In Los Angeles, a major fire at the historic church at the San Gabriel Mission is being investigated for arson by local and federal authorities. Investigators have yet to determine the cause of a July 11 fire that destroyed the 249-year-old church’s roof and much of the historic church building. Because the mission church was under renovation, many of its historic and devotional objects had been removed, and were not inside when the building burned.
The fire also comes after numerous statues of St. Junipero Serra have been torn down in California: at the state capitol in Sacramento, in Los Angeles, and in San Francisco, while protestors have called for similar statues to be moved or torn down in other cities. While Serra, a Franciscan missionary priest, is regarded as a founder of California and an evangelist to indigenous people, some critics say he was complicit in human rights abuses in the eighteenth century. His supporters say Serra defended the rights and dignity of native people.
Serra specifically advocated for the rights of Native peoples, at one point drafting a 33-point “bill of rights” for the Native Americans living in the mission settlements. He walked all the way from California to Mexico City to present it to the viceroy. Many of the Natives he converted wept and mourned him upon his death in 1784.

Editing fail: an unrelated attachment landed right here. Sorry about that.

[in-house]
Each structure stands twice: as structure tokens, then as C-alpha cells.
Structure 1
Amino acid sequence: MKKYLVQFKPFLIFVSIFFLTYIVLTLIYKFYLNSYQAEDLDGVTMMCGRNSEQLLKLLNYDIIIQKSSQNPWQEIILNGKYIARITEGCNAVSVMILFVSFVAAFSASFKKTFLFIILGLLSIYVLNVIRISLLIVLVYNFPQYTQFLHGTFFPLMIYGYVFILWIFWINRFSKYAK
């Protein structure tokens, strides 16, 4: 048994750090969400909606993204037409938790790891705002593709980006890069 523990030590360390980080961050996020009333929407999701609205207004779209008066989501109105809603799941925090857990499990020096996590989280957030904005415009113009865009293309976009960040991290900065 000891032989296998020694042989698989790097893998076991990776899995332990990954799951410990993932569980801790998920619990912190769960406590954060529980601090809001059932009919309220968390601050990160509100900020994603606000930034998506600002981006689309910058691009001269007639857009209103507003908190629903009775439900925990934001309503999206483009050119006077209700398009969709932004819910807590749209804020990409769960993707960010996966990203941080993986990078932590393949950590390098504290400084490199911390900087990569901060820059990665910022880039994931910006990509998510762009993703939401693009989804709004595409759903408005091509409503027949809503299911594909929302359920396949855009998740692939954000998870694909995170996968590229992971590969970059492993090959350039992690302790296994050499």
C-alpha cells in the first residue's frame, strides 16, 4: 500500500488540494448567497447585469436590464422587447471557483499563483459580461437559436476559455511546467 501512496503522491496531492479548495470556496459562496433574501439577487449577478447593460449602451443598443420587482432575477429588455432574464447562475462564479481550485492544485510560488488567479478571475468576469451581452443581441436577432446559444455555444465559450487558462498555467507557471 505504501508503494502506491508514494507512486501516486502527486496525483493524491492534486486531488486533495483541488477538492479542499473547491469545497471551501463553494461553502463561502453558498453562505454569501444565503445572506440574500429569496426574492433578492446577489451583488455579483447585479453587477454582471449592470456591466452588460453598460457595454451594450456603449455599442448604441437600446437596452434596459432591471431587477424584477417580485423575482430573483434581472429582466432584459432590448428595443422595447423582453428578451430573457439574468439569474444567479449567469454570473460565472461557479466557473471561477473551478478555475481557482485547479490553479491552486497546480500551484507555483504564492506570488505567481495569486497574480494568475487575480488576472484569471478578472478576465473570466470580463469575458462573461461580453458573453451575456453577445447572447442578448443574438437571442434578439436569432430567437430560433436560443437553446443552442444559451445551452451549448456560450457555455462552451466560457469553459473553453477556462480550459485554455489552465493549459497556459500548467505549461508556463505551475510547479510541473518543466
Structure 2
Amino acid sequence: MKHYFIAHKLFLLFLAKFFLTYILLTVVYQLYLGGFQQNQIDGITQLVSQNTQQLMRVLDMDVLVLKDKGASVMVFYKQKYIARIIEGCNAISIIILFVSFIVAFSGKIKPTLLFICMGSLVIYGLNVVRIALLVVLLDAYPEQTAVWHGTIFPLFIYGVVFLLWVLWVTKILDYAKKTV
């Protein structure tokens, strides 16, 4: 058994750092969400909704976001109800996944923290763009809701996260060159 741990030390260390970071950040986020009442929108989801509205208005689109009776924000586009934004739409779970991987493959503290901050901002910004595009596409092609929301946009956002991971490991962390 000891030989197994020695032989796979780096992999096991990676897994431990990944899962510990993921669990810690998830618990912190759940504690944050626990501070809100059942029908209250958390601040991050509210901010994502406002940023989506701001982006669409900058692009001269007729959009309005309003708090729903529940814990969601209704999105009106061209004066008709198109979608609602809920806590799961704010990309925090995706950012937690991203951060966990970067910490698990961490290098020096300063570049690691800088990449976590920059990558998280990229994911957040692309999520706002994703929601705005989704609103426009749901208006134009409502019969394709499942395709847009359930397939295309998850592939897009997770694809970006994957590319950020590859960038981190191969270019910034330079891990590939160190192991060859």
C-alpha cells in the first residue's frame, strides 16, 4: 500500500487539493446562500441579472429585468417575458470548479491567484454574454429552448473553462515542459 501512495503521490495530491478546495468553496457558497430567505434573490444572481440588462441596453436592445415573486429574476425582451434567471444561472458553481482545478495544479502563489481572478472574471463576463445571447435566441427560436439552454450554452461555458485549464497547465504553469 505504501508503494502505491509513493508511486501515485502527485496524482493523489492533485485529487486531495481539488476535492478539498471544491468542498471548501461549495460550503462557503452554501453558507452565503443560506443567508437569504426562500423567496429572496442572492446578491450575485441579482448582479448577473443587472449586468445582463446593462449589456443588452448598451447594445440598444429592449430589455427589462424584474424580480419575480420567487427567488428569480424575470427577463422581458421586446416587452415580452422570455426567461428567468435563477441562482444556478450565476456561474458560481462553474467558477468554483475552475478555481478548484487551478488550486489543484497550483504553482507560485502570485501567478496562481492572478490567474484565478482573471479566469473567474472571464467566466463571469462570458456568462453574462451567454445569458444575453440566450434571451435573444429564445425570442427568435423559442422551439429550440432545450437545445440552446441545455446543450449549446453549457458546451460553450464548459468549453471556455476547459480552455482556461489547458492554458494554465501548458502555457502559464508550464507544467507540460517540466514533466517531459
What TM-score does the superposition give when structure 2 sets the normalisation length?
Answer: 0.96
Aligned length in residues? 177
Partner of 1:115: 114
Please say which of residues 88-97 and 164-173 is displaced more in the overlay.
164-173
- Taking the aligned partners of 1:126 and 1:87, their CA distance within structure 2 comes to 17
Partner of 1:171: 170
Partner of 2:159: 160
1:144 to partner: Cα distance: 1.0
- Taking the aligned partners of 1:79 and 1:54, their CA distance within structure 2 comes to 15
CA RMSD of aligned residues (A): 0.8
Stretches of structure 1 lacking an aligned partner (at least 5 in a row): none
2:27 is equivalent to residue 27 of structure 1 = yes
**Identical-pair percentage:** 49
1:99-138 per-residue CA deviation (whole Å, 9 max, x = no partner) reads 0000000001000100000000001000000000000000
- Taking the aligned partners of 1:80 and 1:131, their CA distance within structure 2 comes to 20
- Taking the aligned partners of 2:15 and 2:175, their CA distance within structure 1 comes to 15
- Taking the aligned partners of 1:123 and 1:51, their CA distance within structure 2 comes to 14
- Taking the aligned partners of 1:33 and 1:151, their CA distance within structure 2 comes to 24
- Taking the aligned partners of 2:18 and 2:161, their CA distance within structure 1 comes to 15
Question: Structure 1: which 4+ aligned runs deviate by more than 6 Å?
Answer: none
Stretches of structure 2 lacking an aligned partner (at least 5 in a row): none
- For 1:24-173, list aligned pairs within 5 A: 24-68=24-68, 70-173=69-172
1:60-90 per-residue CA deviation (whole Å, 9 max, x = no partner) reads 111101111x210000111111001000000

Pope Francis canonized Serra in Washington, D.C. on Sept. 23, 2015, saying that “Junípero sought to defend the dignity of the native community, to protect it from those who had mistreated and abused it.”
Also in July at Queen of Peace Catholic Church in Ocala, Florida, a man crashed a minivan into the church and then lit it on fire with gasoline while people were inside preparing for morning Mass. A 24-year-old man was apprehended by police and charged with attempted murder, arson, burglary, and evading arrest.
According to local media, the man told police he has been diagnosed with schizophrenia but is not currently taking prescribed medication. He was previously arrested in 2019 for swinging a crowbar at a woman.